Luckily, the International Federation of the Red Cross, together with other humanitarian actors, have built strong capacity at a local level, and DRC Red Cross is well equipped to respond.

So far, the British Red Cross has provided just over £8 million to the Ebola response and we continue to provide support where needed.


Red Cross helps to fight Ebola

In the DRC, people touch their loved one’s bodies before burying them - part of their traditional burial practices. But when a person has died of Ebola, this can spread the disease to their family and friends.

To tackle this problem, hundreds of Red Cross volunteers who live in the affected communities are helping their neighbours by sharing important information. They explain how burials need to be done differently when someone dies of Ebola and what to do if someone might be infected with the virus.

Building trust in the community

The Red Cross volunteers also build community trust, so that communities understand the importance of the humanitarian response activities. This reduces community resistance and fear.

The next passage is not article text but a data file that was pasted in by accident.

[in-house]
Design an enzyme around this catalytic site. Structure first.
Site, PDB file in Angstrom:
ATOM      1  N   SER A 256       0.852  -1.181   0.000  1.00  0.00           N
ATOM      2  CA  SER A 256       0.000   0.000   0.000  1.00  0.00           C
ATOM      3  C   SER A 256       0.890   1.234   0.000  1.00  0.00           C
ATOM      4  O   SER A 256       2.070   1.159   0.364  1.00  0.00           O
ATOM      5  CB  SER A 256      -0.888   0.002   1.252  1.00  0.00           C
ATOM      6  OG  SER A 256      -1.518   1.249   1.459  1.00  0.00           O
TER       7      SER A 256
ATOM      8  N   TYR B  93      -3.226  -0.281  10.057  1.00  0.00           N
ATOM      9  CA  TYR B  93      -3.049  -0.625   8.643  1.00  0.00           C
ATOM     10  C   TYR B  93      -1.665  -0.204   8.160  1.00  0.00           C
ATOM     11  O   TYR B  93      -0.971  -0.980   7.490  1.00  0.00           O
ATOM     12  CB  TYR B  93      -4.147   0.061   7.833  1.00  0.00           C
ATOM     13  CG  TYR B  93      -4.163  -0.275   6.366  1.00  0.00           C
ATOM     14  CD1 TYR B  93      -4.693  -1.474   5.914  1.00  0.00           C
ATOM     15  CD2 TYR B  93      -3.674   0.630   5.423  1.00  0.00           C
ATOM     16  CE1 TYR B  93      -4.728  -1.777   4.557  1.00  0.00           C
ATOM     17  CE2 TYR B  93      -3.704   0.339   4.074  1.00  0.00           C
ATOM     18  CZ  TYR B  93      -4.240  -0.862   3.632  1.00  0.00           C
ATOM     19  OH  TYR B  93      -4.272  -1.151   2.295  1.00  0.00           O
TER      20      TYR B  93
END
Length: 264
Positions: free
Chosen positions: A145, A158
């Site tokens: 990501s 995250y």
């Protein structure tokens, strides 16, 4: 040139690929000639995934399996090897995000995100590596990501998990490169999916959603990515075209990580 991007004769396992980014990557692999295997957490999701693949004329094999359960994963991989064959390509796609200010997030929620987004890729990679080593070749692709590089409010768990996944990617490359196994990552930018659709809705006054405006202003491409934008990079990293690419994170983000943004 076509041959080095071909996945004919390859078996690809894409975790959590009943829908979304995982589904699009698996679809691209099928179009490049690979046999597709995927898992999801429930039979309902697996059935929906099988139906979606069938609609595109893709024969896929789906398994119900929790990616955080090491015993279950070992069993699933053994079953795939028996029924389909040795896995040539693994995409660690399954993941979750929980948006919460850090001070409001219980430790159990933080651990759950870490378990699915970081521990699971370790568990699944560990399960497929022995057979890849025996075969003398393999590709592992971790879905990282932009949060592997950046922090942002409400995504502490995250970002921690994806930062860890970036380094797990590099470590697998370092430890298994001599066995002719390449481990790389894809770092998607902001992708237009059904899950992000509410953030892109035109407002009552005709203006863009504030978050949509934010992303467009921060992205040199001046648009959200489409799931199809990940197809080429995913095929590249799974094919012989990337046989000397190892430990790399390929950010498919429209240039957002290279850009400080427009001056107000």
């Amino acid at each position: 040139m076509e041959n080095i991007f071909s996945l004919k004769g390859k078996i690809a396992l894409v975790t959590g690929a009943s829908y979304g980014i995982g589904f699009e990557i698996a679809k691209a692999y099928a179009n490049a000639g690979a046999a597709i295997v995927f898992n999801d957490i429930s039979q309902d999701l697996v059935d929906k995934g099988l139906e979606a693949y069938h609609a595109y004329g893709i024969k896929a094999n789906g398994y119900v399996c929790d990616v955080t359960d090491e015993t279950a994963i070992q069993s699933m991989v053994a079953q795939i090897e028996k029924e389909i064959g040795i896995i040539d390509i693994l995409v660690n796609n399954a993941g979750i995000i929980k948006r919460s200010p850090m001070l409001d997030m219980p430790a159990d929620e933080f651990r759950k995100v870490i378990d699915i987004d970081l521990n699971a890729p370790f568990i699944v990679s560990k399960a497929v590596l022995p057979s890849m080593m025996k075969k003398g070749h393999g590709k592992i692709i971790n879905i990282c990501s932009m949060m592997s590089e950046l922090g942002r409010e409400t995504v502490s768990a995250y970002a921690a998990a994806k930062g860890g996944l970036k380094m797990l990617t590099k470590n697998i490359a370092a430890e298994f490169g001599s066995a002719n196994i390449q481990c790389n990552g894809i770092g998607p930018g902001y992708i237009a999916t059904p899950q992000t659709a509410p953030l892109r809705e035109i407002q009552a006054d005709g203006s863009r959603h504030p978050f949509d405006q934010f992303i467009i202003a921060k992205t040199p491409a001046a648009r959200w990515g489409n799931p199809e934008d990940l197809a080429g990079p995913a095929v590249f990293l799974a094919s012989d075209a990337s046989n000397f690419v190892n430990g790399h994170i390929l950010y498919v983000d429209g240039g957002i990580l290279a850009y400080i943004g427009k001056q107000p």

So far, they have reached more than 3.5 million people since May 2018.

The Red Cross has also trained specialist burial teams in remote communities to safely bury people who have died of Ebola. These burial teams have carried out over 25,000 safe and dignified burials across DRC. They also make sure that people’s homes and medical equipment are disinfected.

Red Cross teams have set up hand-washing points at health centres and decontamination bases in three areas where the Red Cross supports safe burials. They help to destroy contaminated material, disinfect vehicles and store equipment.